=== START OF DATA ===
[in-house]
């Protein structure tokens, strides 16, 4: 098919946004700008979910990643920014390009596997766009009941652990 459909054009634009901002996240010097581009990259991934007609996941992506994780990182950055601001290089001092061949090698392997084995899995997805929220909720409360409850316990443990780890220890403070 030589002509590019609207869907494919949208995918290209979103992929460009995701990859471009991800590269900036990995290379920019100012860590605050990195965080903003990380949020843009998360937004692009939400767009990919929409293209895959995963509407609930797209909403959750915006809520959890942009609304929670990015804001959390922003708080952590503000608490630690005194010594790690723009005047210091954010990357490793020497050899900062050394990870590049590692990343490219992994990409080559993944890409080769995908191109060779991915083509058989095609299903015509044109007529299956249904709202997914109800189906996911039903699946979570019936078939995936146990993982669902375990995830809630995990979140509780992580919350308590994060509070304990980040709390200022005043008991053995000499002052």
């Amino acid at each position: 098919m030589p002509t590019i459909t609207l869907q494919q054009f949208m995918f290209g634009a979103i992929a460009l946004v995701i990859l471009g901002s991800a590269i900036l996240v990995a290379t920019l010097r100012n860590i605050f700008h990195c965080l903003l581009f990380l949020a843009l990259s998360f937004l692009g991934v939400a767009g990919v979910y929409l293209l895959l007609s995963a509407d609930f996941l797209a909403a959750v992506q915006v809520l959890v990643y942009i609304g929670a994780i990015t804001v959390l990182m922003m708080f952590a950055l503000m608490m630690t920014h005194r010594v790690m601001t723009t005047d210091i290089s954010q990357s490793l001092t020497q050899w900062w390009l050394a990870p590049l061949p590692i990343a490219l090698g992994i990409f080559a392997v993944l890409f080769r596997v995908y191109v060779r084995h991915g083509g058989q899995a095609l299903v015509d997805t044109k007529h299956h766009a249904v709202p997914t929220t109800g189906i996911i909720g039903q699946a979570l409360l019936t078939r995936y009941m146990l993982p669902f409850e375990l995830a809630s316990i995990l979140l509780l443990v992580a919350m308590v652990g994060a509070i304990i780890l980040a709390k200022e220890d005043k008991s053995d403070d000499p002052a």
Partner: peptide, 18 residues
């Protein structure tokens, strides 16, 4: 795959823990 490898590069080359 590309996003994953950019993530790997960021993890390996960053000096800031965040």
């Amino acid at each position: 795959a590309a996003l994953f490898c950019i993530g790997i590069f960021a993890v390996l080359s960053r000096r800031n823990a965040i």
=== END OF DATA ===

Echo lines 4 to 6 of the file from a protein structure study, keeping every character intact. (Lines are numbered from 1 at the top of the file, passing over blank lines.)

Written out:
Partner: peptide, 18 residues
């Protein structure tokens, strides 16, 4: 795959823990 490898590069080359 590309996003994953950019993530790997960021993890390996960053000096800031965040």
């Amino acid at each position: 795959a590309a996003l994953f490898c950019i993530g790997i590069f960021a993890v390996l080359s960053r000096r800031n823990a965040i």